Mosaic / September 21, 2016

Fat Fish Pub under new ownership



   Fat Fish sits open for business with neon signs lit. (Mitch Prentice/TKS)

Fat Fish sits open for business with neon signs lit. (Mitch Prentice/TKS)

Neal Minela has already made his mark in Galesburg. In the past year, he has purchased two buildings in town and is in the process of reinventing them as successful businesses. In the midst of completing funding for the Brass Elk, a newly planned renovation project to create a medium scale music venue, he was presented with an interesting offer: Fat Fish Pub. The business was up for sale and at a cheap price. To Minela, this was an opportunity too good to pass up. He now sits with two businesses with upward momentum.

TKS: What circumstances led to Fat Fish being available for you to purchase it?

NM: The owner was just kind of ready to retire. There was too much to take care of on a day to day basis. I can’t blame him, the whole thing so far has been draining. It’s been 12 to 15 hour days this whole month. It’s starting to level out though. I’ve got the kitchen opened back up and staff in line. I’ve spent a lot of time either here or home sleeping. It’s a lot for one person.

TKS: How does running Fat Fish affect the construction on the Brass Elk?

NM: We finally got the new roof on the Elk, and that was a huge step. Now that we have this place, we can step back and put some perspective on what we want to do with that place, instead of rushing it. Now that we have [Fat Fish] going, we can put some of the profits from it into the construction costs at the Elk.

TKS: What are your plans for expansion for Fat Fish?

NM: We want to keep things relatively the same. The previous owner is still involved and he still brings in the blues acts that he wants to bring in. They’ve always done great for him. As far as music goes, I want to keep it fresh for everybody. Every weekend I’ve got something booked all the way into November and even some in December. Knox College Jazz is playing again every Thursday night, and they are a huge part of our lineup. We’ve also got some roots and country music coming in, with local bands playing some weekends too. Overall, my biggest goal is to diversify the music as much as possible.

TKS: Coming into the already established Fat Fish, how did you decide what needed to change?

NM: Playing in my own band for the last five years, we’ve played in a lot of different places. We’ve seen a lot of different themes, and I’m trying to take the best of everything I’ve seen and incorporated it here. What it comes down to is just good food, good entertainment and good service. If you’ve got a solid menu, good music coming in and your staff is doing their jobs and is ready to go, that’s really all it takes in my opinion. There’s a lot to it and I’ve been busting my butt for the last month and a half. It’s starting to level out, but there’s something that comes up every day.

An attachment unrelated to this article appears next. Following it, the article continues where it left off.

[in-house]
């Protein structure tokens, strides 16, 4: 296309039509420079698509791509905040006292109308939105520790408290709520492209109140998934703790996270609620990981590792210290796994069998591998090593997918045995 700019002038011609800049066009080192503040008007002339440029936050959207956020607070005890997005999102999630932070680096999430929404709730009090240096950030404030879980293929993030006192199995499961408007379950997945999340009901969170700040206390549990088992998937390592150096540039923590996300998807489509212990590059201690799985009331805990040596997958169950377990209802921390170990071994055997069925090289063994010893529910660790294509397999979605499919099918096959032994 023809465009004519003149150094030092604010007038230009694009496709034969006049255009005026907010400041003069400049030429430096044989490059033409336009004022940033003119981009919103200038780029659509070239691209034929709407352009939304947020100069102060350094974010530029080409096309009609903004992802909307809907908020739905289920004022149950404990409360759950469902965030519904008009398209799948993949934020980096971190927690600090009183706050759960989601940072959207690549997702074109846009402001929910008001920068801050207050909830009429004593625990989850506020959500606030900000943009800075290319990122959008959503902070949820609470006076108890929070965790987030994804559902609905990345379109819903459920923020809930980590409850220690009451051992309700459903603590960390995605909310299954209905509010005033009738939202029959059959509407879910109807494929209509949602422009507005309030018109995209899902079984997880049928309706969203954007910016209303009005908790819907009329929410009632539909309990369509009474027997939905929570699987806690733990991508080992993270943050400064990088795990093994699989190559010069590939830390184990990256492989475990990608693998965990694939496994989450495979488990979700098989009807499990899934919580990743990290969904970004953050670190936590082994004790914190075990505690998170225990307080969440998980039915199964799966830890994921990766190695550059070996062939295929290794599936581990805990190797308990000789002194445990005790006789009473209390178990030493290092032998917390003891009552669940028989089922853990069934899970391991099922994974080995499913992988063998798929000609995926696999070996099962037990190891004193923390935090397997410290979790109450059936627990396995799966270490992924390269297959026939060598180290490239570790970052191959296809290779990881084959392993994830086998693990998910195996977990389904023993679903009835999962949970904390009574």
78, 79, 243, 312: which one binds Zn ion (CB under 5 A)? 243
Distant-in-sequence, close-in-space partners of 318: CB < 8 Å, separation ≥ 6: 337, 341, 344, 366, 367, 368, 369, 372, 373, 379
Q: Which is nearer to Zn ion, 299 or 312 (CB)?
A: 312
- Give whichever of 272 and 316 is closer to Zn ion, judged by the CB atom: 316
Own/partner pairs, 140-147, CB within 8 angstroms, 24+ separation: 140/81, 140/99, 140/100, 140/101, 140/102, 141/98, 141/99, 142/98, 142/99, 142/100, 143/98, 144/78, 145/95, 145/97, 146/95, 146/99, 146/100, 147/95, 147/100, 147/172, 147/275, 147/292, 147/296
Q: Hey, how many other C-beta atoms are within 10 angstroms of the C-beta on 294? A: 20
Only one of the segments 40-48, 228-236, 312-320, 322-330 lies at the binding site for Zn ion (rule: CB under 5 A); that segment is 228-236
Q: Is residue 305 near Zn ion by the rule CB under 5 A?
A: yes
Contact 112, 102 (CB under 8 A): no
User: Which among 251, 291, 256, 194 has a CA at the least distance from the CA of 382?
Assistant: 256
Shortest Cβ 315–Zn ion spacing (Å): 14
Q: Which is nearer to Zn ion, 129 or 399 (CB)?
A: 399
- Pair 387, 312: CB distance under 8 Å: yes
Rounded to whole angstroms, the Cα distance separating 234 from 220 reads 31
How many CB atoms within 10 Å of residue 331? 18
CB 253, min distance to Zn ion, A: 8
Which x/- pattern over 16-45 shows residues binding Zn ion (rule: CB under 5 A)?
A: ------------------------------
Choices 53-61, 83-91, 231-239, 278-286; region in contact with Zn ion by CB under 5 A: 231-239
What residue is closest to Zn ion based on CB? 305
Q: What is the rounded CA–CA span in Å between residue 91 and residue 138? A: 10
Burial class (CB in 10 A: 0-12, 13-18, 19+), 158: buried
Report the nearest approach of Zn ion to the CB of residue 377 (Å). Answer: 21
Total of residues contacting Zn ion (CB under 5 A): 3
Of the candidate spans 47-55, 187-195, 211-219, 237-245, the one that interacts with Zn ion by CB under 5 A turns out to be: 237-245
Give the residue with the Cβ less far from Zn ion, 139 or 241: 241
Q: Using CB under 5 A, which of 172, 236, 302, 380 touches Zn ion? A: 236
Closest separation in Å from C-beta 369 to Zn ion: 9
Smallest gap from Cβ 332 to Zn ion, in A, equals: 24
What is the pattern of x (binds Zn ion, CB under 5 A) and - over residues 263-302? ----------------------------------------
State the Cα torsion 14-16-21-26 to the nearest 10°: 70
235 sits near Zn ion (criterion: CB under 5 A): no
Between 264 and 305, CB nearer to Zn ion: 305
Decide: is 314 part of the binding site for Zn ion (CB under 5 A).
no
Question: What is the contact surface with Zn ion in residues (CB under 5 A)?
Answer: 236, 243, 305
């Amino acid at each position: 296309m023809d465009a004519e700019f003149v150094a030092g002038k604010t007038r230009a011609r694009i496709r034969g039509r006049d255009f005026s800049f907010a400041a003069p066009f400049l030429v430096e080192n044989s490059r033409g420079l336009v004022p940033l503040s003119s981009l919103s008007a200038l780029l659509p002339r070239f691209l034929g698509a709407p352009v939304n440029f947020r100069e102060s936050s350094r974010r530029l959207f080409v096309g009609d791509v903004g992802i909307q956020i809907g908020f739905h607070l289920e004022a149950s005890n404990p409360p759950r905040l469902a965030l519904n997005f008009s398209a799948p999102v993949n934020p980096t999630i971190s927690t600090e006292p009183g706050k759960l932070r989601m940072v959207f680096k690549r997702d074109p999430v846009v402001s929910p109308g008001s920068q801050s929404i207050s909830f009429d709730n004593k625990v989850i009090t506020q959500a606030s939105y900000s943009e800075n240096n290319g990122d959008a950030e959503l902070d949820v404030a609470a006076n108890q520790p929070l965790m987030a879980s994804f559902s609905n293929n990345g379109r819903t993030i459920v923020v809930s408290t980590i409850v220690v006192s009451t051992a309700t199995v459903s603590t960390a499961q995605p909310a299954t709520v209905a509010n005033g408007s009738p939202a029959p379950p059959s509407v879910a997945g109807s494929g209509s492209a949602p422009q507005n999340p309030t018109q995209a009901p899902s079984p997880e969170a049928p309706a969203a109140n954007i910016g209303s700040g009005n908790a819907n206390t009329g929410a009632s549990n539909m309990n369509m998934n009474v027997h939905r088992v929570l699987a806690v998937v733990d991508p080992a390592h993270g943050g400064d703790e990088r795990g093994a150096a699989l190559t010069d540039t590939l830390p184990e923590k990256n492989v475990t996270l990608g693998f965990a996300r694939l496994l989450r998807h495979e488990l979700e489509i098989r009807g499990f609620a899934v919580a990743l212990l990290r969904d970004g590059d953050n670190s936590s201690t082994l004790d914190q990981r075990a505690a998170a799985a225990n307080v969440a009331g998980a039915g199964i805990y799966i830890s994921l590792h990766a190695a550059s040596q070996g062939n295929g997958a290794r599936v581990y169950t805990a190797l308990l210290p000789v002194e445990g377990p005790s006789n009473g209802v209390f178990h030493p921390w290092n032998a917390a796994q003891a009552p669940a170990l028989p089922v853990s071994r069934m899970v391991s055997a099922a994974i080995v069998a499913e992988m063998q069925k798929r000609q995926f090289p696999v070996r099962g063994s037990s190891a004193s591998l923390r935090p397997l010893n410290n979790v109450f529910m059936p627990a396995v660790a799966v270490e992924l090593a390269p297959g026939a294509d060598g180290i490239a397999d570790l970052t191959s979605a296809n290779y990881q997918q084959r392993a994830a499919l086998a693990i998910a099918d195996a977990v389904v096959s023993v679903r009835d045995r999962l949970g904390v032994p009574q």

TKS: Where does Fat Fish see itself among the other bars and restaurants in town?

NM: Every place has their own niche. For instance, Duffy’s is the Cubs bar, it’s the Cubs bar, there’s no getting around that. And I don’t want to take that from them because I like to go down there and watch Cubs games, you know? Every place has their own things going for them and we just want to create our own vibe on this side of town. We want to be another place in town that people like to go. I don’t see them as competition, I see them as colleagues.

TKS: Now that you have a second business in town, do you plan on continuing to expand?

NM: Absolutely, why not? At the same time, maybe not. I’m not one of those people who is going out to make a million bucks in my lifetime. I grew up middle class, I can stay middle class. If I can live comfortably and be able to pay my staff a living wage, I’m cool with that. I’m not the type to go and buy that Ferrari. I’m just a middle class guy that got sick of making money for other people, so if I can live comfortably. I’m cool with that.

TKS: If these businesses do extremely well, will you stay in Galesburg or move on?

NM: I moved here for a reason. I grew up in the suburbs of Chicago. I go back for family, but it’s just traffic and people rushing around. This is a nice slower pace where you can still get things done. I don’t plan on moving out of here.

Mitch Prentice
Mitch Prentice graduated in 2017, majoring in creative writing and minoring in journalism. He volunteered for TKS his sophomore and junior year, and worked as Mosaic Editor his senior year. He has interned alongside Greg Kot at the Chicago Tribune and runs his own website.

Tags:  Fat fish new Ownership pub

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